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Home | Film Review: Hunt To Kill (2010)

Film Review: Hunt To Kill (2010)

A group of unhinged outlaws kidnap a US Border Agent and his daughter to guide them through the rugged northern terrain in order to hunt down a rogue member who has stolen their loot and is trying to cross the border into Canada. After being left for dead and fearing for his daughter’s safety, US Border Agent Jim Rhodes tracks down the surviving members of the outlaw thieves before they can cross the border.

Professional Wrestler “Stone Cold” Steve Austin stars as US Border Agent Jim Rhodes in this throwback to Eighties action flicks. The script twenty five years ago would be best suited for Arnold Schwarzenegger or Sylvester Stallone – or, perhaps, given the production values, Jean-Claude Van Dam or Steven Seagal. It wants to be a Schwarzenegger picture, but ends up more like a Chuck Norris b-movie. While it doesn’t quite rise to the level desired, the level it does achieve helps make it an entertaining action film. Ironically, three of Hunt to Kill’s stars (Austin, Gary Daniels and Eric Roberts) star in Stallone’s The Expendables (2010) released earlier this year –  which succeeds where this film falls flat.

Hunt To Kill starts out with Austin’s Rhodes casing a meth-lab with co-agent, Davis (Eric Roberts), which goes south and Davis dies in an explosion. Sometime later, Rhodes is still mourning the loss of his friend, struggling through a divorce and is experiencing parenting drama with daughter Kim (Marie Avgeropoulos). His daughter ends up being in the wrong place at the wrong time and they both end up entangled in a hunt for a thief who stole millions from his fellow outlaws. This is about all the characterization Rhodes is afforded in the script; from here on out, it’s all about establishing how much he knows the local terrain and having him constantly add odds with the thieves who hold his daughter hostage. To his credit, Austin is totally believable in his role but he’s not given much to run with. It’s all cliche action hero stuff. The script holds no surprises and is very predictable – it’s Austin’s on screen presence that keeps the flick afloat through to the inevitable conclusion where he must face the lead gangster, Banks, one on one.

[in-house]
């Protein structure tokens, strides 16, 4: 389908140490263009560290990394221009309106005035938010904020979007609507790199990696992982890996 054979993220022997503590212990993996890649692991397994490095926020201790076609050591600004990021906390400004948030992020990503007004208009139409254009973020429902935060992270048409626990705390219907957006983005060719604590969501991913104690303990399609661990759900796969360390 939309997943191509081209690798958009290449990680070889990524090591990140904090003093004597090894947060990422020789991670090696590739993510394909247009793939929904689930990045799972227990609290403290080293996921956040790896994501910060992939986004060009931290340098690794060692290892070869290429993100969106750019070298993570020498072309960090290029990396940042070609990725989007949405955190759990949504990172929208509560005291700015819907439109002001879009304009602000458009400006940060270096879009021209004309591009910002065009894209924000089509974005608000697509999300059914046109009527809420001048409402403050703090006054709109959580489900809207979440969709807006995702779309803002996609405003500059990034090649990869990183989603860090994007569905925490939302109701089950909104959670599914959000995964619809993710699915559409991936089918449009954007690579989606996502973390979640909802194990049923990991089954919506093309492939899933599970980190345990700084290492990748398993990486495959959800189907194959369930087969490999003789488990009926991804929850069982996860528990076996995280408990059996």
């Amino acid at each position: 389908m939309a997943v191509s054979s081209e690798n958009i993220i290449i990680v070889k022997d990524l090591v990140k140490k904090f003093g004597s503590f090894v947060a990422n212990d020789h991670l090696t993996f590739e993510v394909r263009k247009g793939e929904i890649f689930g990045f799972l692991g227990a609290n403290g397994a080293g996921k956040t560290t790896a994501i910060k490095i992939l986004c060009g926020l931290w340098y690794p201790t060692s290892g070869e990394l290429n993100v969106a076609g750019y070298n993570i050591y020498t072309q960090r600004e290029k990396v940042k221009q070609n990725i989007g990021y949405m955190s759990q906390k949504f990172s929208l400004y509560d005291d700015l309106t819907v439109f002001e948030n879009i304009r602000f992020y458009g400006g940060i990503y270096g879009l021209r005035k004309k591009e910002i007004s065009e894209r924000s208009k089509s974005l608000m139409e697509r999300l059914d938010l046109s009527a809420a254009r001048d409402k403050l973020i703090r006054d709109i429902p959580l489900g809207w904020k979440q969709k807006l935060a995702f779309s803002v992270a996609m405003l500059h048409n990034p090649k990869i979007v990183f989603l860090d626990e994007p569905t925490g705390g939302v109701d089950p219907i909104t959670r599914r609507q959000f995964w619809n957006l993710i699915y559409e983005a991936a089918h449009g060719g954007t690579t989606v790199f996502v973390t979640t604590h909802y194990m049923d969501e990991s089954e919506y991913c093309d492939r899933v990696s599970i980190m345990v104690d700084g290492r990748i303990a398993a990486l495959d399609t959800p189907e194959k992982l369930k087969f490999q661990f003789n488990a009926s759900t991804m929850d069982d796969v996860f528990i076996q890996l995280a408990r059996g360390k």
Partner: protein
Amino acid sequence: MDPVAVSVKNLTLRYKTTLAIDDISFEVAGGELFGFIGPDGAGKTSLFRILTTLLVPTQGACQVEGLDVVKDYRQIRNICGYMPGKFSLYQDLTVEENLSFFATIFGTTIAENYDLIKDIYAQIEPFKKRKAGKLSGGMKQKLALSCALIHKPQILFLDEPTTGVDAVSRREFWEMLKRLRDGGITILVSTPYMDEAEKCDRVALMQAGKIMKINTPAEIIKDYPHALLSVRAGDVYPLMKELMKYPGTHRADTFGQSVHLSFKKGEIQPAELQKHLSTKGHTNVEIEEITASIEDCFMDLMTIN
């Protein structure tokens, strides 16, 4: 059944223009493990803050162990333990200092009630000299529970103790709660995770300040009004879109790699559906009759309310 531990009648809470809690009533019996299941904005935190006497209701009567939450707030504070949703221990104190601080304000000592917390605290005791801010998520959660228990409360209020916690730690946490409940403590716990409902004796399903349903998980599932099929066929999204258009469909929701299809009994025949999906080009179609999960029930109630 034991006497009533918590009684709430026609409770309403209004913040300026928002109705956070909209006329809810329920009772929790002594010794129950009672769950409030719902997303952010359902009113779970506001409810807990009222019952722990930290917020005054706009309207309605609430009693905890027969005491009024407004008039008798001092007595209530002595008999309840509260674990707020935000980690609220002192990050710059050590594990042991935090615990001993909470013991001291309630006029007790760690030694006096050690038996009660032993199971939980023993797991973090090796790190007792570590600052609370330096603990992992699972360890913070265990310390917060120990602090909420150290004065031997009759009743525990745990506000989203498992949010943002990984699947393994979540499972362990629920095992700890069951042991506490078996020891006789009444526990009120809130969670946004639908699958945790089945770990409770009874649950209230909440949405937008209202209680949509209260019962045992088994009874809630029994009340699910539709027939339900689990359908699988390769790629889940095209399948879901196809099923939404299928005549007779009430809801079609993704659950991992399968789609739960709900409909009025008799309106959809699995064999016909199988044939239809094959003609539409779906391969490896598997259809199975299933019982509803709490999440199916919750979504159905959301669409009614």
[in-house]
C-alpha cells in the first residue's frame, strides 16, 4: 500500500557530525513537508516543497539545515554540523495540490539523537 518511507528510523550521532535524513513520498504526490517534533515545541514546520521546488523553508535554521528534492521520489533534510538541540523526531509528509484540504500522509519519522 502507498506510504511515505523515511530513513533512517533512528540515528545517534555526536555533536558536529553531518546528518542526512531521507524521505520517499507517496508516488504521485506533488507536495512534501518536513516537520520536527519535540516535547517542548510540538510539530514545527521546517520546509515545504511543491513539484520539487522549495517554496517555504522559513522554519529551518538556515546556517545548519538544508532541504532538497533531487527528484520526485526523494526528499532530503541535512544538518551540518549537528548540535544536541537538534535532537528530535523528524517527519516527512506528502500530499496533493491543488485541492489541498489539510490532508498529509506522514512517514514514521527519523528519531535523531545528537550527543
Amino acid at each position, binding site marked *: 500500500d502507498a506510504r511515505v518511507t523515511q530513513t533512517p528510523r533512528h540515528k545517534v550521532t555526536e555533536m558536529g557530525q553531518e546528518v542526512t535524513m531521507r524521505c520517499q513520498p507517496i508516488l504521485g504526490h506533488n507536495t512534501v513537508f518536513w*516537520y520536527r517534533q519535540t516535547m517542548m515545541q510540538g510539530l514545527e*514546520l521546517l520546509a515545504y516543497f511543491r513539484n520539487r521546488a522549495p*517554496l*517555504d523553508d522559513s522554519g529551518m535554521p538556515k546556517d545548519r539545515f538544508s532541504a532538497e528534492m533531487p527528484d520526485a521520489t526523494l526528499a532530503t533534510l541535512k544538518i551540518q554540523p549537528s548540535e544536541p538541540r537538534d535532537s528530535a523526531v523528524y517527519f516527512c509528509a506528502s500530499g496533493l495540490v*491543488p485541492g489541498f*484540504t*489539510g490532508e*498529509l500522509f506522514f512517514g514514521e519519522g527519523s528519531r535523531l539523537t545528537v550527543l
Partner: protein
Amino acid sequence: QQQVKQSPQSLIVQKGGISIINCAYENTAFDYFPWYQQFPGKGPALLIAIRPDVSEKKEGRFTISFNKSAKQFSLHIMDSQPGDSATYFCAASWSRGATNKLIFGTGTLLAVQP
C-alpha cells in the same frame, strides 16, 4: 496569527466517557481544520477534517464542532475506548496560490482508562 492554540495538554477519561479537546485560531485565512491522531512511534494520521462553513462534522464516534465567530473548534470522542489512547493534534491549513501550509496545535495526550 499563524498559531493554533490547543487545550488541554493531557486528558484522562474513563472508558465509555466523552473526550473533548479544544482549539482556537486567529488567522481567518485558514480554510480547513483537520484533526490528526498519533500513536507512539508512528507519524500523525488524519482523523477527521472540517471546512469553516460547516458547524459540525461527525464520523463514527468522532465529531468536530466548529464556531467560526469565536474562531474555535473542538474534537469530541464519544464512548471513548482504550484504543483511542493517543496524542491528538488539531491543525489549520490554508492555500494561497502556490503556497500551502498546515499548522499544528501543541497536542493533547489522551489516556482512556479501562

What starts out as a rocky relationship (and performance) between Rhodes and his daughter Kim, turns into a more successful-than-you-would-have-thought chemistry between Austin and Avgeropoulos. Once Avgeropoulos is allowed to expand beyond the initial trouble-making, confrontational daughter, the audience is allowed to root for her character and begin to fear for her safety. When they begin to work together, with Rhodes (thought dead, but silently hunter the kidnappers) is leaving hints on the forest floor that only his daughter would catch (or so we’re lead to believe) and Kim goading Banks on keeping his temper up and his guard down, the story begins to pick up the pace. Avgeropoulos brings what she can to the thankless role – her character is a bit one note.

The bad guys are a ridiculous bunch of thieves, with Gil Bellows as Banks being the more overacted and over-dramatic of the bunch. He’s never as threatening as his is just nuts, predictable in his supposed unpredictability. Oooh, he’s so scary because he screams so loud. Sigh. It is an overwrought performance and he’s only a threat to Rhodes when he has a gun – without a weapon of some sort, he’s just a chap with an attitude. Gary Daniels as Bank’s right-hand-man Jensen is the real threat, imposing, silent (comparatively so) and built for action. When Daniels and Austin finally have their showdown, it’s the only true danger Rhodes encounters. The rest of the group is just silly and lame. They fit the bill and serve their purpose but they bring nothing new the genre.

Oddly, for an action film, there isn’t nearly enough action. There’s no real chase scene and there’s only one good fight scene to speak of. With “Stone Cold” Steve Austin starring, Hunt To Kill really misses the opportunity to have more fisticuffs. What we end up with is a lot of histrionics, idiotic banter and some close range gun-play. Bellows is miscast as Banks and over acts the role to parody, perhaps to the point of becoming entertaining because of it. It really is hard to believe that Rhodes would have snapped his neck from the onset and ended the whole ordeal right from the start. Or, if Banks was as unhinged as Bellows plays him, he would have put a bullet between Rhodes eyes right from the start. The flick benefits from some choice mountainous scenery and Austin’s stoic performance and screen presence. The direction by Keoni Waxman is more than adequate and never resorts to flashy tricks many action directors rely on these day and the cinematography by Tom Harting bring the forest terrain to life, especially when they reach the frozen water falls. Hunt To Kill ends up being an entertaining but underwhelming action film best suited for late night viewing on cable – probably with a beer or two handy.

2.5 out of 5

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